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Berbera port

Key Facts

  • GDP: USD 7.3B, growing at 1.8%
  • GDP per capita: 500 USD
  • Population: 14.4M, growing at 3%
  • Ease of Doing Business Score: 19.98

Foreign Investment Overview

  • FDI inflow, 2017: USD 384M
  • FDI inflow into Somalia has been increasing since 2012 owing primarily to the end of the civil war.
  • Historically, the majority of foreign investment has been through intra-company loans.
  • In recent years, FDI is increasingly focused on Greenfield investments, joint ventures, and on subsidiaries of transnational corporations.
  • Germany and the US are the main investors in Somalia. Although the US has invested more in the country, Germany has the largest subsidiary of a transnational corporation in country – German Agro Action Office – owing to a bilateral trade agreement between Somalia and Germany for the protection and promotion of investments.

Composition of Somalia’s total GDP

Investment Attractiveness

  • Somalia’s 2012 end of the civil war opens new investment opportunities, even though it is still a challenging market to operate in.
  • The proximity of Somalia to Kenya creates interesting opportunities for investment. Many businesses located in Somalia are run out of Kenya. There may be opportunities to benefit Somalia if invested through Kenya.
  • Somaliland has particularly high potential for the region, based on its level of stability and Ease of Doing Business scores, particularly in dealing with construction permits, getting electricity, registering property, and trading across borders.

Sectoral View 

  • Somalia’s economy relies heavily on agriculture, donor grants and diaspora remittances.
  • Livestock is the largest single sub-sector contributor to GDP at 30% in 2016. Agriculture provides livelihoods for more than half of the population and generates between USD 250 – 350M annually, mostly through trade with the Middle East.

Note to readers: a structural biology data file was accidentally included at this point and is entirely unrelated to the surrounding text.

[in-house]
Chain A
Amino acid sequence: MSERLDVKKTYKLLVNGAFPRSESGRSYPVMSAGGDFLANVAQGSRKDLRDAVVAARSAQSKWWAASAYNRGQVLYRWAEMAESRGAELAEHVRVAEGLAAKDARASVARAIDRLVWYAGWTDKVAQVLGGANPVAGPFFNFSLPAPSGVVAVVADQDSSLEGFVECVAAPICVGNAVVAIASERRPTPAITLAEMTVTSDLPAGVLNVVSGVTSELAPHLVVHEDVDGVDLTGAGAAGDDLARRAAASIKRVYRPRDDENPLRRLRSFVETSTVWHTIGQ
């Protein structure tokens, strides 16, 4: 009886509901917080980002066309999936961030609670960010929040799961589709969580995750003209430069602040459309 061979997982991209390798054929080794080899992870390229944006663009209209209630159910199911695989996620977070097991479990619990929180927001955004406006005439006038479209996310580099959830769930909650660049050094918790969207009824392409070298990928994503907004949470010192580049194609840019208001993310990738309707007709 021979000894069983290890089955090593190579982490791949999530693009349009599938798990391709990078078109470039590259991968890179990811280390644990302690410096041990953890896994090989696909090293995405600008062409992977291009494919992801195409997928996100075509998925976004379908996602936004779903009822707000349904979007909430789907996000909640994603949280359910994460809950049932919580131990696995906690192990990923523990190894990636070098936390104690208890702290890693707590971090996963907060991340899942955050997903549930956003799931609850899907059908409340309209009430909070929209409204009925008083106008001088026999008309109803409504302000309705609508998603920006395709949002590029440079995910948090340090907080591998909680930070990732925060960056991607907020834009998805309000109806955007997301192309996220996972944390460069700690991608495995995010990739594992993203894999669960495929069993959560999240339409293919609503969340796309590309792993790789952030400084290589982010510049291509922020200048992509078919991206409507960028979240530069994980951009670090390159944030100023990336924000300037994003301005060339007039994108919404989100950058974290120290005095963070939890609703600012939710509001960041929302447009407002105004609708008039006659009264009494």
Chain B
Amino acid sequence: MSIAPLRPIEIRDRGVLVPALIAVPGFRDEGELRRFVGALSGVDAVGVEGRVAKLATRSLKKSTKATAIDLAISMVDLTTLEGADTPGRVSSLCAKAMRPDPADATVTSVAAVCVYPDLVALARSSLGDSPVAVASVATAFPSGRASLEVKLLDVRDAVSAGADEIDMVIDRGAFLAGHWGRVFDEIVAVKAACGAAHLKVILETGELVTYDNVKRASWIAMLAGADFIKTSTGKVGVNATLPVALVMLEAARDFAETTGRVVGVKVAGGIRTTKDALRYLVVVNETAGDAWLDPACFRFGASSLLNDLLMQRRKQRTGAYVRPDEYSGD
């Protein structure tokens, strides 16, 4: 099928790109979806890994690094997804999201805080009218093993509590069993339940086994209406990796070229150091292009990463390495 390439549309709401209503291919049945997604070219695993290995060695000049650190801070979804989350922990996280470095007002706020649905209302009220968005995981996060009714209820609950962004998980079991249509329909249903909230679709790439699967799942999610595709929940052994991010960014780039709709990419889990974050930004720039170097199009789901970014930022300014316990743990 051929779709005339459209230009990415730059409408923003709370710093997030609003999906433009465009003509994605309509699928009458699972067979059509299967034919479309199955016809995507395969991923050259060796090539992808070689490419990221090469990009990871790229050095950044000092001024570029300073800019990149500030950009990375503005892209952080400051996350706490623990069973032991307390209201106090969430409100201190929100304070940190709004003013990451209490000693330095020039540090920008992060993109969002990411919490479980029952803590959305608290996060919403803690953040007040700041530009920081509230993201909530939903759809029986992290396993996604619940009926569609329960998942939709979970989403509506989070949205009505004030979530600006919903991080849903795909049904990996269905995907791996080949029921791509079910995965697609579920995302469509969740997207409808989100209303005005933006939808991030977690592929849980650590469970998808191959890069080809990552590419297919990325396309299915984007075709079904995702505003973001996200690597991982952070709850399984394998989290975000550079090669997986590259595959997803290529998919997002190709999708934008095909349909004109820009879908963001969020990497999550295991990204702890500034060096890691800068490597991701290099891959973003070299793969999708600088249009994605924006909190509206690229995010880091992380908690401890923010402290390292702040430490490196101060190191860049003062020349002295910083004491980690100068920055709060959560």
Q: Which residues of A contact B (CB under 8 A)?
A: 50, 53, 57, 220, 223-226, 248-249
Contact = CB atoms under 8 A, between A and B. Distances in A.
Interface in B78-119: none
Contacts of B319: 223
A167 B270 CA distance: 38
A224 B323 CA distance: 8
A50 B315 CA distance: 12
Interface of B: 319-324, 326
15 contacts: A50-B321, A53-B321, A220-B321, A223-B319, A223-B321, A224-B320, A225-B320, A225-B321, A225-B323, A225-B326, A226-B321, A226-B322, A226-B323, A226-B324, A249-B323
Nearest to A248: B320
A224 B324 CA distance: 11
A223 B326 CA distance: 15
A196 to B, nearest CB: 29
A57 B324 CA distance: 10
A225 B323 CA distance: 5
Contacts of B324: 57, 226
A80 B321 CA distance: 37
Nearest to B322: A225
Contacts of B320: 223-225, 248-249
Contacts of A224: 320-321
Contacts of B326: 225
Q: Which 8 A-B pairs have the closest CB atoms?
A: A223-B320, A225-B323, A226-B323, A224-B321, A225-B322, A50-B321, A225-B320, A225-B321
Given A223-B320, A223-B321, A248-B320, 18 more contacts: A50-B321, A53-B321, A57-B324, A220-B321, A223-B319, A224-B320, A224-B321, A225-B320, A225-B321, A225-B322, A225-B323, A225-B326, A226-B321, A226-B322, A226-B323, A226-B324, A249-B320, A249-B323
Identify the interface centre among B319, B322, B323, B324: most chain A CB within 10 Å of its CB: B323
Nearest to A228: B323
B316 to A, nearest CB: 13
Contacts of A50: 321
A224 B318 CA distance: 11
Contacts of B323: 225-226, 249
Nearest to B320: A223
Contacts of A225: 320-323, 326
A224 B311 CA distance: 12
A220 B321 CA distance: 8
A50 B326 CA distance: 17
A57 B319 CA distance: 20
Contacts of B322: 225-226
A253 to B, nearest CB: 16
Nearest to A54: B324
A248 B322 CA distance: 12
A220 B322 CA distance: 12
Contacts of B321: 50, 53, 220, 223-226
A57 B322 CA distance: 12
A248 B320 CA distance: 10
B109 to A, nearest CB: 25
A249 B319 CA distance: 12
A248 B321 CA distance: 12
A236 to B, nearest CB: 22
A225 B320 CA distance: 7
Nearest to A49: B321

• Services contribute slightly more than agriculture, and are driven by wholesale and retail trading, real estate, government services, and ICT.
  • Financial services contribute extremely little to the GDP; this sector is highly informal because the majority of the population saves outside the banking system.
  • Boosting infrastructure (including energy) and agriculture is a top economic priority in the country’s National Development Plan.
  • While Somalia’s export data shows a high value of electronic circuits export, the majority is passing through from the UAE to Hong Kong, so there is still domestic opportunity.

Recent Developments 

  • Somaliland recently secured its largest foreign investment deal to date – a USD 442M injection from Dubai-based firm DP World aimed at transforming the country’s Berbera Port on the Gulf of Aden and creating a regional trade hub.

South Korean Alignment

  • Construction could be a sector of interest for South Korea, given the need for rebuilding and infrastructure development, although construction currently amounts to only 4% of Somalia’s GDP.
  • Telecoms, mobile money, and beverages could also be of interest for South Korean investors. Qualitative evidence, based on interviews with Korean investor support organizations, suggests these sectors are of high potential for foreign investors.

Contact us to learn more about investing in the Horn of Africa.